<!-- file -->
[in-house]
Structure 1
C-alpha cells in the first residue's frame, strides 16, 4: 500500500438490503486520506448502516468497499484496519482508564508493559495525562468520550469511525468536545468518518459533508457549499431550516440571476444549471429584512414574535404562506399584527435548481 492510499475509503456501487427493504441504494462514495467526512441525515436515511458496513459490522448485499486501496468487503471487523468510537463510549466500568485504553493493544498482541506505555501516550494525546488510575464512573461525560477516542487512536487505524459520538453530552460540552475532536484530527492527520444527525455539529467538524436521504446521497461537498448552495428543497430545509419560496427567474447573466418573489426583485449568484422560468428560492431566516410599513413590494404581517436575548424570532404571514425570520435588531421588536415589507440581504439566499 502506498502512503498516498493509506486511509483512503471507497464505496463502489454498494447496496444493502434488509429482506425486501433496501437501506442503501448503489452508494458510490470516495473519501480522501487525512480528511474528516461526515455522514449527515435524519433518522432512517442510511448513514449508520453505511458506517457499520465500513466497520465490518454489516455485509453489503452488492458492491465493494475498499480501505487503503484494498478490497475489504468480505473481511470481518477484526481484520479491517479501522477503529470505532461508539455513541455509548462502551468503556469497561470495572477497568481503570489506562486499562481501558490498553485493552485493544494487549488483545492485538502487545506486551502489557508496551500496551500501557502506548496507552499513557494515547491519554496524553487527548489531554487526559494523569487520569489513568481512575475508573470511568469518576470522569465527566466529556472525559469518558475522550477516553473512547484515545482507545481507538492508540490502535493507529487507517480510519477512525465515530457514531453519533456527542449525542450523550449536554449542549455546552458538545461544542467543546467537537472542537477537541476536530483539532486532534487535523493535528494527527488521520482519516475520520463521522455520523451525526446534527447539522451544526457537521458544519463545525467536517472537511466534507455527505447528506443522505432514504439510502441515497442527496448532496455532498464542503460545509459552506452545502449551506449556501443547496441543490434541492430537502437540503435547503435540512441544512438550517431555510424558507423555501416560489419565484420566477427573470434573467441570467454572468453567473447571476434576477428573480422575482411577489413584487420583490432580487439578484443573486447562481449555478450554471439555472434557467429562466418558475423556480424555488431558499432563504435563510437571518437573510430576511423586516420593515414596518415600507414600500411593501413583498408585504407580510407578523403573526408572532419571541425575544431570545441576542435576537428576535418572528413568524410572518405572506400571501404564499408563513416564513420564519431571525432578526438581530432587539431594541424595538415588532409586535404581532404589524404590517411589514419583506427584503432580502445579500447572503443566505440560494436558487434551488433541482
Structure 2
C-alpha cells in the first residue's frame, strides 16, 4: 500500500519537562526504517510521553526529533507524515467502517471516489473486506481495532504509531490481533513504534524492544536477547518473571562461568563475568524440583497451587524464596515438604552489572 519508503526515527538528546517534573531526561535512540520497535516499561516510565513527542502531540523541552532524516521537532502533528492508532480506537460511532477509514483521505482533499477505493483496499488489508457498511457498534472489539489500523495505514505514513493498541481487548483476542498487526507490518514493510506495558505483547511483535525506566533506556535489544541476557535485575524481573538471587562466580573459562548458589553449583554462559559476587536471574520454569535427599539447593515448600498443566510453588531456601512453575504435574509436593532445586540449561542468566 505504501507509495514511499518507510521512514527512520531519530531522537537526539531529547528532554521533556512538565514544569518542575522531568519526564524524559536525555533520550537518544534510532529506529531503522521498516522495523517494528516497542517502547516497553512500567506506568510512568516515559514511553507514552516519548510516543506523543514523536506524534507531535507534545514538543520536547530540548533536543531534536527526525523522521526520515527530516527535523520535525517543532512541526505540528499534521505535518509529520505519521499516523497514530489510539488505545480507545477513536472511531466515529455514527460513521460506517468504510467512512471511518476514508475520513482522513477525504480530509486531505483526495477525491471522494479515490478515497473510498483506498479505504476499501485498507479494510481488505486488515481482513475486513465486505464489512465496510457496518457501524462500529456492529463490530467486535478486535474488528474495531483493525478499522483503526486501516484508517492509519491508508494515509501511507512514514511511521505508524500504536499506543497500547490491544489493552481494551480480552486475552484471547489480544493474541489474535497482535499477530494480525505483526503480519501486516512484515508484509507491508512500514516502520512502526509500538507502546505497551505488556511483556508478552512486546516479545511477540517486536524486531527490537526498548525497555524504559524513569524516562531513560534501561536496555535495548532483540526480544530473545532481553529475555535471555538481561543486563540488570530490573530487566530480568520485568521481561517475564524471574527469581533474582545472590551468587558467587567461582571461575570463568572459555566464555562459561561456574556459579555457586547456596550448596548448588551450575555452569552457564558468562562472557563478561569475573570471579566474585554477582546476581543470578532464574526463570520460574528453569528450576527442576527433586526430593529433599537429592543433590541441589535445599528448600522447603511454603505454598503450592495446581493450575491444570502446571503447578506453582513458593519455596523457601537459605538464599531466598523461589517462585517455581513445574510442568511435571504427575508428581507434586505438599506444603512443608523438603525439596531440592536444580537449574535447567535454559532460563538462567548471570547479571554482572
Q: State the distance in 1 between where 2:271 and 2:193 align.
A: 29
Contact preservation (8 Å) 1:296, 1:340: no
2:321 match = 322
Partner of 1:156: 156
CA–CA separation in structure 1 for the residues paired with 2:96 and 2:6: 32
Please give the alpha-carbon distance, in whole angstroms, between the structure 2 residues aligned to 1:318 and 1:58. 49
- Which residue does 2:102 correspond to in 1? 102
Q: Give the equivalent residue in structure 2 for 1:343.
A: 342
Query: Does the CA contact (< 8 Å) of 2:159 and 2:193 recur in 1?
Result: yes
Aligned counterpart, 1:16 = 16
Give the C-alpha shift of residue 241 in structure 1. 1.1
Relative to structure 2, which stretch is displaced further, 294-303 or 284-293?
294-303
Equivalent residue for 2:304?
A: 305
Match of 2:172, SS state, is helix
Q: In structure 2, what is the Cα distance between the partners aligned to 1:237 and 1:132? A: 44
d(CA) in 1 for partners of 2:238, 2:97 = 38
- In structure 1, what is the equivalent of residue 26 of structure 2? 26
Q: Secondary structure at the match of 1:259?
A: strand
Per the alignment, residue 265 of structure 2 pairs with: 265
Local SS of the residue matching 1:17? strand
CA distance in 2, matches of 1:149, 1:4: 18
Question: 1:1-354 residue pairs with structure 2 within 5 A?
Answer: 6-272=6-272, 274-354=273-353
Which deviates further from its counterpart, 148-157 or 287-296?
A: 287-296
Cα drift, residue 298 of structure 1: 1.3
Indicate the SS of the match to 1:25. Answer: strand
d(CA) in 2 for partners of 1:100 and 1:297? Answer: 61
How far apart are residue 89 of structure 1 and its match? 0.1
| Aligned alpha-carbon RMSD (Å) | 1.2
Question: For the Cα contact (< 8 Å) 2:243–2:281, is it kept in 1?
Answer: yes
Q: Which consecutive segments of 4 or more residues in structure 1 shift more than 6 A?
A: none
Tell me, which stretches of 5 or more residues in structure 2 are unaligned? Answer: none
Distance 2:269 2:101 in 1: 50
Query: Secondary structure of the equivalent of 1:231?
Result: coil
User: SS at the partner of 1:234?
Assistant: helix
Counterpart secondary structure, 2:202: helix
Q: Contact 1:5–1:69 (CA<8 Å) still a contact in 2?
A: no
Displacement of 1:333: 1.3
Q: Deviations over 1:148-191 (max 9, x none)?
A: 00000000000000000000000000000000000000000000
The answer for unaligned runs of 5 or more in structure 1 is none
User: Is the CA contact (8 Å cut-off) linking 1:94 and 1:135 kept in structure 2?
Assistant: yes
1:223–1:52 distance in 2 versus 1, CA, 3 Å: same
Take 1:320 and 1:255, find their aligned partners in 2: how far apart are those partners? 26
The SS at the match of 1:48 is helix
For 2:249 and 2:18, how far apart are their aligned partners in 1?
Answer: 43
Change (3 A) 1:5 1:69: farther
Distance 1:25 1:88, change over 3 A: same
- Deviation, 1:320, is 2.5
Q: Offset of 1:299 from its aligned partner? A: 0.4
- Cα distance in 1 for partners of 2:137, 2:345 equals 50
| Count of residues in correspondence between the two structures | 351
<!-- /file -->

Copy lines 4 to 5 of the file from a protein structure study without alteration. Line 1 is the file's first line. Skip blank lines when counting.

Structure 2
C-alpha cells in the first residue's frame, strides 16, 4: 500500500519537562526504517510521553526529533507524515467502517471516489473486506481495532504509531490481533513504534524492544536477547518473571562461568563475568524440583497451587524464596515438604552489572 519508503526515527538528546517534573531526561535512540520497535516499561516510565513527542502531540523541552532524516521537532502533528492508532480506537460511532477509514483521505482533499477505493483496499488489508457498511457498534472489539489500523495505514505514513493498541481487548483476542498487526507490518514493510506495558505483547511483535525506566533506556535489544541476557535485575524481573538471587562466580573459562548458589553449583554462559559476587536471574520454569535427599539447593515448600498443566510453588531456601512453575504435574509436593532445586540449561542468566 505504501507509495514511499518507510521512514527512520531519530531522537537526539531529547528532554521533556512538565514544569518542575522531568519526564524524559536525555533520550537518544534510532529506529531503522521498516522495523517494528516497542517502547516497553512500567506506568510512568516515559514511553507514552516519548510516543506523543514523536506524534507531535507534545514538543520536547530540548533536543531534536527526525523522521526520515527530516527535523520535525517543532512541526505540528499534521505535518509529520505519521499516523497514530489510539488505545480507545477513536472511531466515529455514527460513521460506517468504510467512512471511518476514508475520513482522513477525504480530509486531505483526495477525491471522494479515490478515497473510498483506498479505504476499501485498507479494510481488505486488515481482513475486513465486505464489512465496510457496518457501524462500529456492529463490530467486535478486535474488528474495531483493525478499522483503526486501516484508517492509519491508508494515509501511507512514514511511521505508524500504536499506543497500547490491544489493552481494551480480552486475552484471547489480544493474541489474535497482535499477530494480525505483526503480519501486516512484515508484509507491508512500514516502520512502526509500538507502546505497551505488556511483556508478552512486546516479545511477540517486536524486531527490537526498548525497555524504559524513569524516562531513560534501561536496555535495548532483540526480544530473545532481553529475555535471555538481561543486563540488570530490573530487566530480568520485568521481561517475564524471574527469581533474582545472590551468587558467587567461582571461575570463568572459555566464555562459561561456574556459579555457586547456596550448596548448588551450575555452569552457564558468562562472557563478561569475573570471579566474585554477582546476581543470578532464574526463570520460574528453569528450576527442576527433586526430593529433599537429592543433590541441589535445599528448600522447603511454603505454598503450592495446581493450575491444570502446571503447578506453582513458593519455596523457601537459605538464599531466598523461589517462585517455581513445574510442568511435571504427575508428581507434586505438599506444603512443608523438603525439596531440592536444580537449574535447567535454559532460563538462567548471570547479571554482572